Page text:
Book: The Discerning Clear Gaze of Yoga
Chapter: Meditation on the Sense of I-am-ness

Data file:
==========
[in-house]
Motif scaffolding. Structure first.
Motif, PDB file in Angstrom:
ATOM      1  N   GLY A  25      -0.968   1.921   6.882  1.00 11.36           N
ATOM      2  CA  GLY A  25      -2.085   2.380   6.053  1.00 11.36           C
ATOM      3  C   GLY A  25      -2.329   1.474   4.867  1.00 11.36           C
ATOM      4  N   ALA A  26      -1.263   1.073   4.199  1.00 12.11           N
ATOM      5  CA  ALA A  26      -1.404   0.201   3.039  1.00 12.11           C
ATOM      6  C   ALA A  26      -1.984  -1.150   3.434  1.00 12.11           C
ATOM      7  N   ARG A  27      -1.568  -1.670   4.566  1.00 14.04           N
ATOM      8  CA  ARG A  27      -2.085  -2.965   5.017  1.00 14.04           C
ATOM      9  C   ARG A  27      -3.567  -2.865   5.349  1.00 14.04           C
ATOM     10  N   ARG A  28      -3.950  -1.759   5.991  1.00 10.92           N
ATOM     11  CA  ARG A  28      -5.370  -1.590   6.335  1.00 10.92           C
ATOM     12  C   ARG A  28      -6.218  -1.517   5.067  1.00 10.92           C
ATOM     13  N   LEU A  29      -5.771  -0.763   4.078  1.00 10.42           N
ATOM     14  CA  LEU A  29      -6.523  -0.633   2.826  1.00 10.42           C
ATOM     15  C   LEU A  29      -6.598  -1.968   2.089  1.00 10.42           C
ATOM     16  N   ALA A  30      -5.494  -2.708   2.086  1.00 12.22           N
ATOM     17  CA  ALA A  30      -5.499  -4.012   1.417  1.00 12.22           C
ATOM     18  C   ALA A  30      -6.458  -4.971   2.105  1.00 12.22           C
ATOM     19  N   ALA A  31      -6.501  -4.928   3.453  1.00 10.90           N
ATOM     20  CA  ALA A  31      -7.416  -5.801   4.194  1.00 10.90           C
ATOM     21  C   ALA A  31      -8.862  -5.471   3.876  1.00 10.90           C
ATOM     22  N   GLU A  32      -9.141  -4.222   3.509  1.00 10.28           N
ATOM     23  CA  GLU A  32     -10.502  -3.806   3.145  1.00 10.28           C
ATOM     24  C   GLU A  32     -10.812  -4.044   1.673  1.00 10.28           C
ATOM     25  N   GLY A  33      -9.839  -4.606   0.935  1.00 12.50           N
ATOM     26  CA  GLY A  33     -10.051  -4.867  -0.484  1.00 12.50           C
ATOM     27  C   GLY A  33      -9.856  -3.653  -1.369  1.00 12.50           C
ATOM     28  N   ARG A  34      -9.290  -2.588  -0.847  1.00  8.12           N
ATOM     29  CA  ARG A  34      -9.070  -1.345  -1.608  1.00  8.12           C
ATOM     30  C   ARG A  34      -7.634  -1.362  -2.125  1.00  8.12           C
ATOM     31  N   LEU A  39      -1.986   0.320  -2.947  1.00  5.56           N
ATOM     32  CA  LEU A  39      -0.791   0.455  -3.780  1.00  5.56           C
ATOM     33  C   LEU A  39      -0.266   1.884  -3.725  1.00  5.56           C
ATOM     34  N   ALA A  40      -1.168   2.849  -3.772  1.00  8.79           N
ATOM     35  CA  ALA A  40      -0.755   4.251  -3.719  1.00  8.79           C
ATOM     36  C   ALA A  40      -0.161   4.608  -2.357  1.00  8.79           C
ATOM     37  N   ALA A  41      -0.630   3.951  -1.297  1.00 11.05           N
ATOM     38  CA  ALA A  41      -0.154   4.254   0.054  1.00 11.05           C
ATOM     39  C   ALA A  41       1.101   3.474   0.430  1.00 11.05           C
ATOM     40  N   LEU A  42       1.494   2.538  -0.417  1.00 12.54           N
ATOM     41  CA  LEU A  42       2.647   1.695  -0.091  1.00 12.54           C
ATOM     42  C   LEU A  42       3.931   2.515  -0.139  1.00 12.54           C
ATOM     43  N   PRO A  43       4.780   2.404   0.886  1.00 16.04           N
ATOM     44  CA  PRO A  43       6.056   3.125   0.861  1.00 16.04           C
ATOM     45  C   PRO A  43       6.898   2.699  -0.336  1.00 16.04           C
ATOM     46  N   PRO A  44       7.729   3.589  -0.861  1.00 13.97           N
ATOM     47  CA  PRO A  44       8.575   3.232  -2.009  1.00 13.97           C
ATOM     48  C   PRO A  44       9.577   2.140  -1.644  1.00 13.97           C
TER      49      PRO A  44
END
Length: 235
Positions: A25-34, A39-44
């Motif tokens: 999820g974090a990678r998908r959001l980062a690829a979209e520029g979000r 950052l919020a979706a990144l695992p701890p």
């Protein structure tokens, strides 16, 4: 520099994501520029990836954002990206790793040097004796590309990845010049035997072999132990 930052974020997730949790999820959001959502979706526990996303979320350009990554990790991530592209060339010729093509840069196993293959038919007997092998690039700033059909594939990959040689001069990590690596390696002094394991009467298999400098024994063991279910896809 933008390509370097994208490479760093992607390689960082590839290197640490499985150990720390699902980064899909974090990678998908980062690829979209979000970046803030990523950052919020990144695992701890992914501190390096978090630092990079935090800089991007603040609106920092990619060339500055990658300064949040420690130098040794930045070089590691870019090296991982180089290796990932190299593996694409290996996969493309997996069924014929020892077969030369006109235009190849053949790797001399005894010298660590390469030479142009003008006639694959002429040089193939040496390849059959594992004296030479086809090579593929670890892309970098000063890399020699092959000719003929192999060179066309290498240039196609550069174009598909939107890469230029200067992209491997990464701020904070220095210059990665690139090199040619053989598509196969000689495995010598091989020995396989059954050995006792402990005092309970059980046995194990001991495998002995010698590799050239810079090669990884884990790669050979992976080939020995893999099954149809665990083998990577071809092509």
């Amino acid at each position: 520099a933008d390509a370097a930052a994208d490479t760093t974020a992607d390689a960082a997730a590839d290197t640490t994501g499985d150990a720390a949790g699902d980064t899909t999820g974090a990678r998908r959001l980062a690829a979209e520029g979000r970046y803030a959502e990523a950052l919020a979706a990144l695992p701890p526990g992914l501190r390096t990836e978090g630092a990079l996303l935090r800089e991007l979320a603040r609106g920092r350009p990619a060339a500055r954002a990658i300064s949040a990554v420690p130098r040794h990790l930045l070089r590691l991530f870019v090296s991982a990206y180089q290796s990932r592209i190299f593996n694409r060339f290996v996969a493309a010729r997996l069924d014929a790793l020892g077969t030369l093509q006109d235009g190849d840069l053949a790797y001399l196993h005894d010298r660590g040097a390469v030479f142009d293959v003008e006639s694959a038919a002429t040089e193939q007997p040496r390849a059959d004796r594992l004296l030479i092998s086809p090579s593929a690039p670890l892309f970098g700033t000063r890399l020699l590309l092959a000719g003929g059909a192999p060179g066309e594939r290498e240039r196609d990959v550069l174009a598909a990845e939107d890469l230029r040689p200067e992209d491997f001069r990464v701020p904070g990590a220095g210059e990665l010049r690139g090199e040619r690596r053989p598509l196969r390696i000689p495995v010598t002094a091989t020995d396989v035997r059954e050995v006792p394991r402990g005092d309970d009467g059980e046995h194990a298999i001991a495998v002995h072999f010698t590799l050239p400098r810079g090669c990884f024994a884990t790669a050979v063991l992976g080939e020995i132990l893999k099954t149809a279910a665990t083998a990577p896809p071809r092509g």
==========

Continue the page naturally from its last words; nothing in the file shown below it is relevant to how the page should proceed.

In the fifth chapter, Meditation on the Sense of I-am-ness, I delve into the theory and practice of yoga focused on the sense of self. I propose a meditation model in which the sense of I-am-ness becomes the object of meditation. It is based on the idea drawn from the work of psychologist Richard Schwartz that the sense of I-am-ness assumes various characters and roles to which it attaches and identifies to varying degrees. These characters, each constituted of a bundle of habitual tendencies and causes that can lead to various forms of distress, have the potential to resurface in the mind and dominate it within an instant, whether in daily life or during meditation. The meditation process involves maintaining a converging inner gaze through a continuous process of ever-regressing self-observation. In this process the characters the sense of I-am-ness assumes that may 'hijack' the focus of our awareness are continuously identified and acknowledged in an inner dialogue and encouraged to step away from the front of the mind’s stage and take a place behind the scenes, reconciling them. This until the mind exhausts itself by which the meditative process becomes irrelevant, ultimately leading to a clear and contentless mind. This emptiness creates mental space for the arising of discerning insight, understanding that "I am not who I think I am; I am not the source of awareness".